Sharing Is Caring: How We Give Back Land to Animals
Animals have been forced to adapt to people since we started messing up their land. To save them, it's time to reimagine the status quo.
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Life in the early lockdown months of 2020 was slower, so much so that it became known as the “anthropause.” As people stayed home to combat the severity of Covid-19, a curious pattern emerged: Many became more aware of animals. Bobcats wandered along the Bronx River; people noticed birdsong. The earnest phrase “nature is healing” spread online.
In some ways, it did heal. Global air pollution levels dropped, and there was a quieting of noise pollution. In places like Florida, where closed beaches meant less trash and fewer sand castle obstructions, loggerhead turtles experienced a 39 percent increase in nesting success. But nature as a whole did not improve. Some animals struggled without the protections—and food—provided by tourists. Although lockdowns relaxed the fear certain animals, like mountain lions, have of urban spaces, wildlife-vehicle collision rates increased in the United States during the pandemic. “Nature is healing” became a meme.
Ultimately, analysis of the anthropause shows the temporary lockdown resulted in positive and negative effects on wildlife, contrary to the expectation that a natural world with less human interference would be better. To some scientists, this highlights how humans are both threats to and custodians of the environment. But it also underscores why a unifying theme has increasingly emerged in conversations over how to protect wild species and their habitats: coexistence.
Justine Smith is an assistant professor at the University of California, Davis and researches wildlife restoration and human-wildlife interactions. If humans on Earth suddenly disappeared, animal life would continue, muses Smith. But as we are here, we need to stay involved in efforts to protect wildlife because people will continue to interact with it. “A lot of the interventions that we need are to manage ongoing relationships with people,” Smith says.
She points to efforts to reintroduce grizzly bears to California as an example. The big question is not whether or not they can live in available habitats, it’s if they can coexist with the nearly 40 million people in the state.
Restoring the Human-Wildlife Balance
Over the last 10 years, there’s been a surge in studies focused on human-wildlife interactions and the concepts of coexistence, tolerance, and acceptance. But these aren’t new ideas: Some communities, including many Indigenous peoples, have long-established practices for living harmoniously with wildlife. It’s more so that certain institutions, like the U.S. government and mainstream science, are now paying attention. Research on some Indigenous techniques, for example, is now countering the Western belief that conservation requires the absence of people. Meanwhile, President Joe Biden’s 2021 America the Beautiful initiative aims to “conserve, connect, and restore” 30 percent of lands and waters in the U.S. by 2030, in part through these principles.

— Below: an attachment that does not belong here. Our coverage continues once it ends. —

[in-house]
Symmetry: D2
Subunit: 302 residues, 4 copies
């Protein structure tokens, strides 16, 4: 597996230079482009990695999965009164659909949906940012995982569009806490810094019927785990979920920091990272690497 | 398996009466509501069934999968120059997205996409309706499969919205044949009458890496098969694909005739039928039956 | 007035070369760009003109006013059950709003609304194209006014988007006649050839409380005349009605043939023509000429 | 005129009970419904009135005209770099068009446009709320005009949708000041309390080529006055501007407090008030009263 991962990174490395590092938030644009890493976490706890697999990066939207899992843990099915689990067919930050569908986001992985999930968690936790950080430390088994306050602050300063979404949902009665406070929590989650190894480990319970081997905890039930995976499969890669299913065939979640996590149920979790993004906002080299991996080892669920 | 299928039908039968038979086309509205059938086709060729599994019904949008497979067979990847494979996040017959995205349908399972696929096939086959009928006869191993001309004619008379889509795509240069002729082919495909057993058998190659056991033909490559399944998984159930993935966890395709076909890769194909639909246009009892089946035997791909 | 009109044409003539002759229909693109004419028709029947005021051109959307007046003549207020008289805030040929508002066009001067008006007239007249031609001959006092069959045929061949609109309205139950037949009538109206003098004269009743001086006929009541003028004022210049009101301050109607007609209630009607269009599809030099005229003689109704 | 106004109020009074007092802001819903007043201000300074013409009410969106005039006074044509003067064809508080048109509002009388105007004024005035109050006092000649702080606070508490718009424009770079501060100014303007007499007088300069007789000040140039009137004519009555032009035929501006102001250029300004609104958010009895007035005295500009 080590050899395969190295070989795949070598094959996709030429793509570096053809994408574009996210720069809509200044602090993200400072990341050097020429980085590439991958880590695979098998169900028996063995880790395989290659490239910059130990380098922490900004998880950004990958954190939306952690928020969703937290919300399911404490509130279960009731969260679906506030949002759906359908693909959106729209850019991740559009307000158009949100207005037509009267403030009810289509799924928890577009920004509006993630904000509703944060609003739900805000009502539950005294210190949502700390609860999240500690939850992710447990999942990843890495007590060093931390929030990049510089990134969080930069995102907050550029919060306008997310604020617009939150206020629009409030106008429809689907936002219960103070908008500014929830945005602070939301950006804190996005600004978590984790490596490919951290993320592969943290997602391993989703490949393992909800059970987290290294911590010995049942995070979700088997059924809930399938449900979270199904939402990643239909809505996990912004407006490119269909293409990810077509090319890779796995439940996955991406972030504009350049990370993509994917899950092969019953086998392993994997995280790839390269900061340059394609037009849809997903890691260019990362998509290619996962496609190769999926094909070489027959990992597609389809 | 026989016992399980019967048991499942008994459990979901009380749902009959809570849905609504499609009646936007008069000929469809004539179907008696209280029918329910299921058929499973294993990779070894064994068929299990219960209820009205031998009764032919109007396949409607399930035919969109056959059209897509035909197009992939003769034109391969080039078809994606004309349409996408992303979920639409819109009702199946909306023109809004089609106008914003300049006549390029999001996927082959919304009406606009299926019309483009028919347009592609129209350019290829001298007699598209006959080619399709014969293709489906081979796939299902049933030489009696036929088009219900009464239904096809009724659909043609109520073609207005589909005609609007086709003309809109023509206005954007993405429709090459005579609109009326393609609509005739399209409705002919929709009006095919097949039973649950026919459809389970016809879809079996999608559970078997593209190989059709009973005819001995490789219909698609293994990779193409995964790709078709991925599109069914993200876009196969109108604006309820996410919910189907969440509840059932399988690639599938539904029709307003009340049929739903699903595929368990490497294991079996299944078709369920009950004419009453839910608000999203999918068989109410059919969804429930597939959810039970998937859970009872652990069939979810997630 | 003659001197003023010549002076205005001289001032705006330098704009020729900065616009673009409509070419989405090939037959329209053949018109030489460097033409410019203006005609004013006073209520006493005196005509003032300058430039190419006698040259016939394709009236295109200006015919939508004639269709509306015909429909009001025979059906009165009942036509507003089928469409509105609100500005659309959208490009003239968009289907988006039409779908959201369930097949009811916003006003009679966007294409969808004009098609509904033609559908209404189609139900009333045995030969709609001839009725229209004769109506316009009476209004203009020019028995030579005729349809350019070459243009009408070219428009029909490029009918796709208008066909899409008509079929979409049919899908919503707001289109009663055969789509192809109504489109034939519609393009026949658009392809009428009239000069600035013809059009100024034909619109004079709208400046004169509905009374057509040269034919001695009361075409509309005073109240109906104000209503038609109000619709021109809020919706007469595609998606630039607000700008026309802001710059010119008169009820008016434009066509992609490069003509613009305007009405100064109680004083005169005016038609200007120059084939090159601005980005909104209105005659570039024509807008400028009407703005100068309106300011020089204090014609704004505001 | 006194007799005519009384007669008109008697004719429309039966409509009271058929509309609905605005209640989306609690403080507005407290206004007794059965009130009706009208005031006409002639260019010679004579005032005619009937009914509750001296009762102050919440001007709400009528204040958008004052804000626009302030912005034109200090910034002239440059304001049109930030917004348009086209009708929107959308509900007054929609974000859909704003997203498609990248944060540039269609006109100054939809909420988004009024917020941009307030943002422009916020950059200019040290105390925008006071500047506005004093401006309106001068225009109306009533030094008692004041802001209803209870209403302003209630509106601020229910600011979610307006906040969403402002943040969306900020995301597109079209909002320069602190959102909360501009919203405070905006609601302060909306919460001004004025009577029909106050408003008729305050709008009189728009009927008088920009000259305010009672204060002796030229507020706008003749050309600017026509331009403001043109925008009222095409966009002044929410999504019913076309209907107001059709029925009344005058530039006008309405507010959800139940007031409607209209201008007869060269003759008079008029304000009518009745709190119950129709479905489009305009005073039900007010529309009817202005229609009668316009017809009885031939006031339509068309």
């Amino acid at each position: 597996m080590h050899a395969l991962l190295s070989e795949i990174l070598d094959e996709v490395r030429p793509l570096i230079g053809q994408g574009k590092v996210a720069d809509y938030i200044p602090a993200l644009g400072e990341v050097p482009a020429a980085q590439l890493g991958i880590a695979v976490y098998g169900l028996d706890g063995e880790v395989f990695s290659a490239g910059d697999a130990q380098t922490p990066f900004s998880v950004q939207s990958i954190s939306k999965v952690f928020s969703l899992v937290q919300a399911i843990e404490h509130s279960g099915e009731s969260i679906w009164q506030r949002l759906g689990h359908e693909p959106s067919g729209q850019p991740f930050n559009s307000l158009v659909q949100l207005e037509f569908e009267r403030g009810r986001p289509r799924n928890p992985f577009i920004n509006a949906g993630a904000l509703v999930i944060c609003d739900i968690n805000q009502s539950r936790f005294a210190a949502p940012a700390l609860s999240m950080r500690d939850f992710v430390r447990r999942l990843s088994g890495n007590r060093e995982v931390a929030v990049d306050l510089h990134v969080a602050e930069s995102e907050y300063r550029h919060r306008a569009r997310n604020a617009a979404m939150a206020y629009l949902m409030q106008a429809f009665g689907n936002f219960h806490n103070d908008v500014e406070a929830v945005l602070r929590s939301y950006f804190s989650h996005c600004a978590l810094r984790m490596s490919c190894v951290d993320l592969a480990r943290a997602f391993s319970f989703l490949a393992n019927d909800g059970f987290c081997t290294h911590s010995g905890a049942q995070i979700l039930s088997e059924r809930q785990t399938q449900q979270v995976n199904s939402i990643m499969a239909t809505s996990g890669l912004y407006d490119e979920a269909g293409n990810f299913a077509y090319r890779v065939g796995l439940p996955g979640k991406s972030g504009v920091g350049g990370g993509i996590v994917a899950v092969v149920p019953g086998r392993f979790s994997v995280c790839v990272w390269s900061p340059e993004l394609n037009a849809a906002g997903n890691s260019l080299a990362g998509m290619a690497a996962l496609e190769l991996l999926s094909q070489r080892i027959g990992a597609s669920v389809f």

“I think we’re realizing, in the United States, that human use of landscapes is not going away,” Smith says. “So if we want to restore connectivity or increase the viability of wildlife populations, we have to start from that point because people will be there regardless.”
One of the core elements of the America the Beautiful initiative is the advancement of wildlife corridors. In April, the Department of the Interior announced a new round of funding for corridors in the American West. Wildlife corridors are connections across a landscape that link habitat areas and increase survival for many species. Corridors, alongside the reintroduction of mammals, have emerged as two powerful tools people can use to protect and sustain wildlife.
While these two techniques might look different, Smith describes them as related concepts that serve the same goal. “When you think about restoring wildlife populations, you can either do that actively or passively,” Smith says.
Reintroducing animals to a place they may have lived before, or need to live to survive climate change, is an active approach. Corridors are more of a passive process, where “you’re trying to let the animals move themselves into places where they can survive, given the environmental conditions that humans have created,” she explains.
Wildlife corridors are one focus of the Center for Large Landscape Conservation, a nonprofit located in Montana which supports projects that spur ecological connectivity. One ongoing initiative is the US-191 project, a possible corridor that could facilitate animal movement between Yellowstone and the Teton range. The hope is that an endeavor like this could help animals migrate despite growing tourism and development. It would also save lives: An assessment attached to the project found nearly a quarter of crashes reported on US-191 are due to wildlife.